NCF Nation: Ricky Elmore

Final Pac-12 NFL draft tally

May, 1, 2011
The Pac-12 provided 37 players to the NFL draft over the weekend, one fewer than the SEC, which led all conferences.

If the six combined picks from Colorado and Utah are taken away from the conference, the old Pac-10 provided NFL teams 3.1 draft picks per team, also just behind the SEC at 3.17.

Here's where the Pac-12 players went:

First round
No. 8 Jake Locker, QB, Washington: Tennessee
No. 9 Tyron Smith., OT, USC: Dallas
No. 17 Nate Solder, OT, Colorado: New England
No. 24 Cameron Jordan, DE, California: New Orleans
No. 27 Jimmy Smith, CB, Colorado: Baltimore

Second round
7. Akeem Ayers, LB, UCLA: Tennessee
10. Brooks Reed, DE, Arizona: Houston
13. Rahim Moore, FS, UCLA: Denver
21. Stephen Paea, DT, Oregon State: Chicago
24. Shane Vereen, RB, California: New England

Third round
13. Jurrell Casey, DT, USC: Tennessee
20. Mason Foster, LB, Washington: Tampa Bay
25. Shareece Wright, CB, USC: San Diego
29. Christopher Conte, S, California: Chicago
33. Sione Fua, DT, Stanford: Carolina

Fourth round
5. Jordan Cameron, TE, USC: Cleveland
19. Casey Matthews, LB, Oregon: Philadelphia
21. Jalil Brown, CB, Colorado: Kansas City
27. Owen Marecic, FB, Stanford: Cleveland

Fifth round
8. Brandon Burton, CB, Utah: Minnesota
9. Gabe Miller, DE, Oregon State: Kansas City
14. Jacquizz Rodgers, RB, Oregon State: Atlanta
23. Richard Sherman, CB, Stanford: Seattle

Sixth round
2. Ryan Whalen, WR, Stanford: Cincinnati
14. Caleb Schlauderaff, OG, Utah: Green Bay
17. Ronald Johnson, WR, USC: San Francisco
19. David Carter, DT, UCLA: Arizona
22. Allen Bradford, RB, USC: Tampa Bay
24. Mike Mohamed, LB, California: Denver
32. Ricky Elmore, DE, Arizona: Green Bay
38. Zach Williams, C, Washington State: Carolina

Seventh round
12. D'Aundre Reed, DE, Arizona: Minnesota
24. Scotty McKnight, WR, Colorado: New York Jets
30. Lawrence Guy, DT, Arizona State: Green Bay
37. Stanley Havili, FB, USC: Philadelphia
38. David Ausberry, WR, USC: Oakland
39. Malcolm Smith, LB, USC: Seattle

By Pac-12 school:
Arizona (3)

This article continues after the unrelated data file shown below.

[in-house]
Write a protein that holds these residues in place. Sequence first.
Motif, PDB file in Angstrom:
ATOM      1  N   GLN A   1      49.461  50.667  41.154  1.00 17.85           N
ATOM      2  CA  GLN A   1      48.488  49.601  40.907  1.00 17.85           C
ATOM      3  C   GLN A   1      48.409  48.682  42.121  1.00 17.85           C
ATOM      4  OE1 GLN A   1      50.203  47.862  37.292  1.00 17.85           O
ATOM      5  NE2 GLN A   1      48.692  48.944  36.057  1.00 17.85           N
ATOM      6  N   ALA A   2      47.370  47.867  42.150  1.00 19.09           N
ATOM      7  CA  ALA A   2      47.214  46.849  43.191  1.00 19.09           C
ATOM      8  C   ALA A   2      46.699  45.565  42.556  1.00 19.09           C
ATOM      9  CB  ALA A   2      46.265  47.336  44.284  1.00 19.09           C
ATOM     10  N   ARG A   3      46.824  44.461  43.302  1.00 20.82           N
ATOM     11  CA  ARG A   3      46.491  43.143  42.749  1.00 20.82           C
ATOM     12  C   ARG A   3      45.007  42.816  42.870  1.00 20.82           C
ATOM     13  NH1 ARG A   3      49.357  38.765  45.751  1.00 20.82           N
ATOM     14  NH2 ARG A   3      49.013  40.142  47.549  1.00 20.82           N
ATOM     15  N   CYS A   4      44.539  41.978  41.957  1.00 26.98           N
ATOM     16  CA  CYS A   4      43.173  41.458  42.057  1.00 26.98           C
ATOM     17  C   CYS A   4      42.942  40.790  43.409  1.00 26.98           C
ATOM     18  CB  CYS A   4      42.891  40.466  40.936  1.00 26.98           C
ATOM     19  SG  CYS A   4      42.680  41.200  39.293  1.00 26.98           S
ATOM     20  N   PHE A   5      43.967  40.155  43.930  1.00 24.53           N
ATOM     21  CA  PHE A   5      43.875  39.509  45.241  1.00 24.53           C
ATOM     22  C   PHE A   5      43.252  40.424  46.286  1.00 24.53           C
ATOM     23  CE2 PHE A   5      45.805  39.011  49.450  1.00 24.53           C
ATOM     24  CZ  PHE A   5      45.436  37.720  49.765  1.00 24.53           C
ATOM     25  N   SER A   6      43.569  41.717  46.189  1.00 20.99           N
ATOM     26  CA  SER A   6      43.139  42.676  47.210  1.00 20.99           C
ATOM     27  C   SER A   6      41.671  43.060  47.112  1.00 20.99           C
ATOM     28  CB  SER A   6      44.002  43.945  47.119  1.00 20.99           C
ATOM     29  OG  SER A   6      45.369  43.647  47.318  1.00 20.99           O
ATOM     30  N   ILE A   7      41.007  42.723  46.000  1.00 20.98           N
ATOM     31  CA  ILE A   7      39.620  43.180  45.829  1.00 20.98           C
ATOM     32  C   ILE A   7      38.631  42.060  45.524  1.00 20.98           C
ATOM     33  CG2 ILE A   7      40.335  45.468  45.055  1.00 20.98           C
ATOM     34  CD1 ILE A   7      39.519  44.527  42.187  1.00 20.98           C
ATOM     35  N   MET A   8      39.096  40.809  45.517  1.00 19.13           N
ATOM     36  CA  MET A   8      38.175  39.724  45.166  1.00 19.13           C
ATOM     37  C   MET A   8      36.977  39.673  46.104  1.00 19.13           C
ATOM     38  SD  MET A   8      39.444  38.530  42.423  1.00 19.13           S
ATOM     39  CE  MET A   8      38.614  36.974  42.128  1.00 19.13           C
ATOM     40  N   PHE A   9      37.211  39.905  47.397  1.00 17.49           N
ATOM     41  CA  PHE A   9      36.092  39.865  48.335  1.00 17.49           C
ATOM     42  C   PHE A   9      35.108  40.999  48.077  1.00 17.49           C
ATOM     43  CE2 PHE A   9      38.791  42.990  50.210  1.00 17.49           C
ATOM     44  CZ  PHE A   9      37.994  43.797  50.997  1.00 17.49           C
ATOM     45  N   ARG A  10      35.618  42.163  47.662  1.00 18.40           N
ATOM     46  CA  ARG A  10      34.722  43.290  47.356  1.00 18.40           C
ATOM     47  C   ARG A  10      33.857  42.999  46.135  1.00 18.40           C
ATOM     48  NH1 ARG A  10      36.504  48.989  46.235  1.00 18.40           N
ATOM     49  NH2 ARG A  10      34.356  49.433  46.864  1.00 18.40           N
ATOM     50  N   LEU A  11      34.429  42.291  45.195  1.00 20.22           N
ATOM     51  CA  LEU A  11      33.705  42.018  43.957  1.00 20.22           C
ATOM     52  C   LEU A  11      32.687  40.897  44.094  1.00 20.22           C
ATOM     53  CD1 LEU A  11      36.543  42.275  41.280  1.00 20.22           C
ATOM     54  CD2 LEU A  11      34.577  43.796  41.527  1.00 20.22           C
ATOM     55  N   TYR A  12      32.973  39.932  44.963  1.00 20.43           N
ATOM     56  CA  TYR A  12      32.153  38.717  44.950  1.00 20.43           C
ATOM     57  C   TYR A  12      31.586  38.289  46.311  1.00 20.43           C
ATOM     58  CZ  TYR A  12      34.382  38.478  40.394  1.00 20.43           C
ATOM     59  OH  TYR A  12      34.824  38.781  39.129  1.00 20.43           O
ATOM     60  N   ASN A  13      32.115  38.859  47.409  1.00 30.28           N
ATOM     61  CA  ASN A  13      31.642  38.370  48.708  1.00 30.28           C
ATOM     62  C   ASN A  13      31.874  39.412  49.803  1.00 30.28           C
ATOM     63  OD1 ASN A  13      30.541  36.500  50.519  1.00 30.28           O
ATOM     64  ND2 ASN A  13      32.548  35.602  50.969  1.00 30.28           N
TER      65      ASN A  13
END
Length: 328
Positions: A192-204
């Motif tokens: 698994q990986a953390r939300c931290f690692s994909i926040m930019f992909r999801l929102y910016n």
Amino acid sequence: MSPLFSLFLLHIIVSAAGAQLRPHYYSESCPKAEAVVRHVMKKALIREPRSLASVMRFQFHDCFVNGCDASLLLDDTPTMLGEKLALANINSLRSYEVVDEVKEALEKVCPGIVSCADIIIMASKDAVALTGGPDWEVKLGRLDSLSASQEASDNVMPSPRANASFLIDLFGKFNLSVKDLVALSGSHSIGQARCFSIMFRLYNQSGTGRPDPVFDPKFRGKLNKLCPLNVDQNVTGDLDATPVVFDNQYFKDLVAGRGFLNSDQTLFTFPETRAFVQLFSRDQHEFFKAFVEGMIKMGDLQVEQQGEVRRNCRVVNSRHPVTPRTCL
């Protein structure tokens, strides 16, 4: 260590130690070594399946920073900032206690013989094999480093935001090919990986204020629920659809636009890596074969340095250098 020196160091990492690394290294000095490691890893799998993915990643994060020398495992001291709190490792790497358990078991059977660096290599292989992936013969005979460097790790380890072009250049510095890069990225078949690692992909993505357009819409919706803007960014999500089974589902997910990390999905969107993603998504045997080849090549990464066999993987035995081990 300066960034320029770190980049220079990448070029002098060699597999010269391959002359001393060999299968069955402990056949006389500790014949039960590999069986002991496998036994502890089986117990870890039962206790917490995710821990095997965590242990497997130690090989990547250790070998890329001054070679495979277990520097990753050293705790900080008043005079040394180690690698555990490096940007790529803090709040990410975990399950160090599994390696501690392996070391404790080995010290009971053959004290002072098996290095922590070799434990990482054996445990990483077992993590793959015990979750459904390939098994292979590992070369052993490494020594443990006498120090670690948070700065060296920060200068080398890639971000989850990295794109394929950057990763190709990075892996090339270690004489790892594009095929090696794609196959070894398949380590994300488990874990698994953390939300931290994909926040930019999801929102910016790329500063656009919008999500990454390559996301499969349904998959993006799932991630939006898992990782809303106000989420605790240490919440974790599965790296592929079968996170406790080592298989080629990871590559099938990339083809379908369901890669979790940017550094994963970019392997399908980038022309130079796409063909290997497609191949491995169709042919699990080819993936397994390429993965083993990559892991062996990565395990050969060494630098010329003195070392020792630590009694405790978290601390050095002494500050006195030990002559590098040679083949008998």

Arizona State (1)
California (4)
Colorado (4)
Oregon (1)
Oregon State (3)
Stanford (4)
UCLA (3)
USC (9)
Utah (2)
Washington (2)
Washington State (1)

The final tally by automatic qualifying conferences:
SEC... 38
Pac-12... 37
Big Ten... 36
ACC... 35
Big East 22
Big 12...19

Nebraska was a big swing to the Big Ten from the Big 12 with seven picks. With Colorado and Nebraska, the Big 12 provided 30 selections.

This was the tally through three rounds:
SEC: 20
ACC: 19
Pac-12: 15
Big Ten: 13
Big 12: 9
Big East: 4
TUCSON, Ariz. -- It's not difficult to come up with a fair explanation for Arizona's 7-1 start that devolved into a 0-5 finish. In the first eight games, the Wildcats played an easy schedule. They were better than teams such as Toledo, Washington State and UCLA. In the last five games, they played a brutal schedule. Their opponents went a combined 49-15, including two top-five (Stanford and Oregon) and one top-10 team (Oklahoma State).

Still, at 7-1 and ranked 13th with a win over Iowa, the Wildcats headed into a marquee showdown with Stanford on Nov. 6 believing they could play with anyone. Turns out they couldn't. And, considering the Cardinal, Ducks and Cowboys whipped up the Wildcats badly, well, a fair explanation only goes so far.

"It still exposes some things within your team," coach Mike Stoops said. "It told you when the going got tough, we didn't respond as well as we needed to."

[+] EnlargeStanford's Anthony Wilkerson
Jason O. Watson/US PRESSWIREDuring a five-game losing streak that began with a loss to Stanford, coach Mike Stoops said his Wildcats were exposed. "The physical part of it, we didn't respond well," he said.
And where the Wildcats most didn't respond clearly bothers Stoops.

"The physical part of it, we didn't respond well," he said. "We have to be more than just a finesse team. The physical matchup is what I didn't like."

Therein lies the challenge for the Wildcats as they leave spring practices behind and focus on offseason workouts. They must find five new starters on the offensive line -- the 2010 unit decidedly underachieved -- and they must replace the best defensive end combination in the Pac-10: Brooks Reed and Ricky Elmore.

That suggests a need for some finesse due to physical losses. The defense is likely going to have to blitz more, while the offense -- which welcomes back quarterback Nick Foles and one of the best groups of receivers in the country -- is likely going to be pass-heavy.

Said Stoops, "We're going to have to throw to set up the run, I don't think there's any question about that."